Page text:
Marion racial equity group brings its ideas to city council

Police Citizens Review Board, end of racial profiling among the issues

People walk along Highway 151 in Marion during a July 6 march organized by the Marion Alliance for Racial Equity. Member
People walk along Highway 151 in Marion during a July 6 march organized by the Marion Alliance for Racial Equity. Members of the group submitted six recommendations to the Marion City Council on Thursday night. (Rebecca F. Miller/The Gazette)

MARION — The Marion Alliance for Racial Equity on Thursday asked the city council to stop racial profiling in traffic stops, establish a Citizens Police Review Board and have city departments become more inclusive, respectful and diverse.

The three recommendations were among six submitted to the council, which the council unanimously voted to accept.

Racial profiling is the No. 1 concern in Marion, Sophia Joseph, co-founder of the Marion Alliance, told the council.

Though 2.5 percent of Marion’s population is Black, Black people account for 16 percent of police use-of-force incidents, she said.

“We want the police review board to be proactive,” Joseph said. “We want to look at this data and what goes into it, how the problems can be solved.”

The Marion Alliance recommended organizing a working group to meet between city council meetings to address racial equity issues, with members from the Marion Alliance, the mayor, the city manager, the police chief and a city council member.

Ana Clymer, a member of the Marion Alliance, said city departments also need to be more welcoming, inclusive, respectful and diverse.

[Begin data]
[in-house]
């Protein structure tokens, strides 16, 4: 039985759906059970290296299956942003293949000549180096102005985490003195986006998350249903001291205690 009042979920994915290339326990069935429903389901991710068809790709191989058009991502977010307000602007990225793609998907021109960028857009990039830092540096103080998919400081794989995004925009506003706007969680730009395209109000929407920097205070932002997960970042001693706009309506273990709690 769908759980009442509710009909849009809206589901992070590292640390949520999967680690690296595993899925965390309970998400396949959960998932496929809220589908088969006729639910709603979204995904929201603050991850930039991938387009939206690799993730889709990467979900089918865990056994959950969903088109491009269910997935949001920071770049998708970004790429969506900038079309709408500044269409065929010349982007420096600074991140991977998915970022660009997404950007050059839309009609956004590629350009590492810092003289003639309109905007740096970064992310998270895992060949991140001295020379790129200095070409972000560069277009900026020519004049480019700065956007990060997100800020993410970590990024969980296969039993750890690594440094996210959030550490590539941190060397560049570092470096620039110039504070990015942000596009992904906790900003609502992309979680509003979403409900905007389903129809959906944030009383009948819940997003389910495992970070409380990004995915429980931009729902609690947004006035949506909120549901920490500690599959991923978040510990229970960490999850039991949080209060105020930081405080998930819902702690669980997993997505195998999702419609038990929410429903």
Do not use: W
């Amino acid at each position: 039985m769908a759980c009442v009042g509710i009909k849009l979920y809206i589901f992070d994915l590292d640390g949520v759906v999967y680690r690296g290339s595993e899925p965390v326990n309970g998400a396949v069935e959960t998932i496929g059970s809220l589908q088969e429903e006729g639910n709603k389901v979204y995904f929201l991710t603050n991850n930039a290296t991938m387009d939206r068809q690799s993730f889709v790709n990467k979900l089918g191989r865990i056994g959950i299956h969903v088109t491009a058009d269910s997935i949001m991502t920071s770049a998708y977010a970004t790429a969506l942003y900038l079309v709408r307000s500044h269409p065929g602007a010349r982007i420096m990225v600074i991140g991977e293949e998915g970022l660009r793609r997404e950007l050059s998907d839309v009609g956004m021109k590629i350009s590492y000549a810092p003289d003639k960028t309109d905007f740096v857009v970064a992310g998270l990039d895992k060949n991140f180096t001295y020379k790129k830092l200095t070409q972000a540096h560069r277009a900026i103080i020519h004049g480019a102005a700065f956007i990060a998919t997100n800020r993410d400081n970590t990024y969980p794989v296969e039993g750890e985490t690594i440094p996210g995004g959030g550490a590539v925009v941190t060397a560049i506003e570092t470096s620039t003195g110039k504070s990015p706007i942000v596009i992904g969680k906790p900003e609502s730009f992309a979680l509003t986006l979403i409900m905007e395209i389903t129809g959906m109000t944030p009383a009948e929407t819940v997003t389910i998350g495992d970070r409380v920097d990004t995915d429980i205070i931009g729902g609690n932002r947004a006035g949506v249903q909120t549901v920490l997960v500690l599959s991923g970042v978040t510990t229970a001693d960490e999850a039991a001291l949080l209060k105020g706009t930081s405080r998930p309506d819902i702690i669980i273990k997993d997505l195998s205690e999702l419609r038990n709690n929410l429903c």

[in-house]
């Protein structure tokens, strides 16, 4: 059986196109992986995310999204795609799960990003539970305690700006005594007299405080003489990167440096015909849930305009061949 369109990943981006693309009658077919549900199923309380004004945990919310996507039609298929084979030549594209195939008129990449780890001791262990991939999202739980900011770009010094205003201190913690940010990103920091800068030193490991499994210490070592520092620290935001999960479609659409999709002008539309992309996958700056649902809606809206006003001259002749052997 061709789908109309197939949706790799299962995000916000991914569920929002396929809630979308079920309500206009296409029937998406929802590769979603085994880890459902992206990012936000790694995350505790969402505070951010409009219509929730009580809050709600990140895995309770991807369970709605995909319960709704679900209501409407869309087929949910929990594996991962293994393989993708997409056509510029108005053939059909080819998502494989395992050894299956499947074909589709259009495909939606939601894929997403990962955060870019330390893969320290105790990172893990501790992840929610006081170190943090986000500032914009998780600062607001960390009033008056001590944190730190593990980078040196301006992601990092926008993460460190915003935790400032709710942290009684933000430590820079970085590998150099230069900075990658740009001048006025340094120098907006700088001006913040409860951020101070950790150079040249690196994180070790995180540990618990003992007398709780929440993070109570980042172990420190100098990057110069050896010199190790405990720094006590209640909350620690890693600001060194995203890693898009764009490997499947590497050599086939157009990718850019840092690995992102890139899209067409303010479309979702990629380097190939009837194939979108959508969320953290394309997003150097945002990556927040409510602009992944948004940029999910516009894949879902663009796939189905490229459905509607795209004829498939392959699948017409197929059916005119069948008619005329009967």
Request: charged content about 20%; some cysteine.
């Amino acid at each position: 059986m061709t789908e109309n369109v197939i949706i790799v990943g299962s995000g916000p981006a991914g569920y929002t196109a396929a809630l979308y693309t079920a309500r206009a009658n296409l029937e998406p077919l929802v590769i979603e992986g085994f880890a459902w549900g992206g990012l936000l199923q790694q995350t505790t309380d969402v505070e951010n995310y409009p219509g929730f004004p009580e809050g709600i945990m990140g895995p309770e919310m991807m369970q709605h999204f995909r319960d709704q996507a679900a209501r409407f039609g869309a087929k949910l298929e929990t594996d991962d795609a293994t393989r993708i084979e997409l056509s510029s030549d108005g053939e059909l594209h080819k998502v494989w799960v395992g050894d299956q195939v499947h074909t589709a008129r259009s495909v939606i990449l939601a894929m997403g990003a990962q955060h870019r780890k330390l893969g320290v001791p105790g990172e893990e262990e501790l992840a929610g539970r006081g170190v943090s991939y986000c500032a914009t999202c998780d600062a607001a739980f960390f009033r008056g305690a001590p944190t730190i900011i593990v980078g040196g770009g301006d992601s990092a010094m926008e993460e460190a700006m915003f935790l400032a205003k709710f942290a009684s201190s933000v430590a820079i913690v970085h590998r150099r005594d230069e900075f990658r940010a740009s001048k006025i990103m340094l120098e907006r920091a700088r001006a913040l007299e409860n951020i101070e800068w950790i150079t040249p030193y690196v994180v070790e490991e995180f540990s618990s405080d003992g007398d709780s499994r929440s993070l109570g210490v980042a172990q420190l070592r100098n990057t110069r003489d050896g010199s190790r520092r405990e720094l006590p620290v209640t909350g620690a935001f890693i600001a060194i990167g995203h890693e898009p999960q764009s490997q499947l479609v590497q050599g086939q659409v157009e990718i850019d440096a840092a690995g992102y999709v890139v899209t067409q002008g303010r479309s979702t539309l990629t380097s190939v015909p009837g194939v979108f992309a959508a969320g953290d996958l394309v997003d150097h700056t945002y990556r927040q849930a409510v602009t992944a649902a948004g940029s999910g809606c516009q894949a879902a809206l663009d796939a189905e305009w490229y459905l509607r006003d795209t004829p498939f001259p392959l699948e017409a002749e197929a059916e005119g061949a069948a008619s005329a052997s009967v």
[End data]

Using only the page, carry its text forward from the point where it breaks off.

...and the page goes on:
“We say we want people of color to thrive in our community,” Clymer said. “But let’s put that into action.”

Clymer said she wants the city to implement eight hours of implicit-bias training for its employees.

“Training should be eight hours spread out over time so it’s not just one and done,” Clymer said. “It needs to be repetitive and ingrained in the practice, in our meetings, in our shared language.”

Janessa Carr, co-founder of the Marion Alliance, touched on the issue of having a mental health liaison go on Marion police crisis calls.

“We know this doesn’t just benefit Black and brown individuals in Marion, but this benefits everyone,” Carr said.

Joseph added that the Marion Alliance wants to work collaboratively with the city.

“We don’t view this as an ‘us vs. them.’ ” Joseph said. “We would like to come together with the city.”

She said the Marion Alliance would like Marion police Chief Mike Kitsmiller involved in any police review board discussions.

“The police should be at the table so we can understand each other’s humanity,” Joseph said.


Previously, Kitsmiller told the council he didn’t see a need for a citizens review board but would consider it if there was significant demand from residents.

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Mayor Nick AbouAssaly said he was encouraged by the Marion Alliance’s presentation and spirit of collaboration.

“In our first meeting, several weeks ago, I said I don’t believe there are two sides. We should be on the same side of this affecting positive change,” AbouAssaly said. “I look forward to the process. … We can’t come up with solutions until we really hear what people are experiencing.”

“I think a working group is warranted,” council member Rene Gadelha said. “We need to have goals set for what we’re working toward.”

Other recommendations from the Marion Alliance that weren’t discussed Thursday evening were decriminalizing marijuana, making voting easier and more accessible, and the resignation of Linn County Attorney Jerry Vander Sanden.


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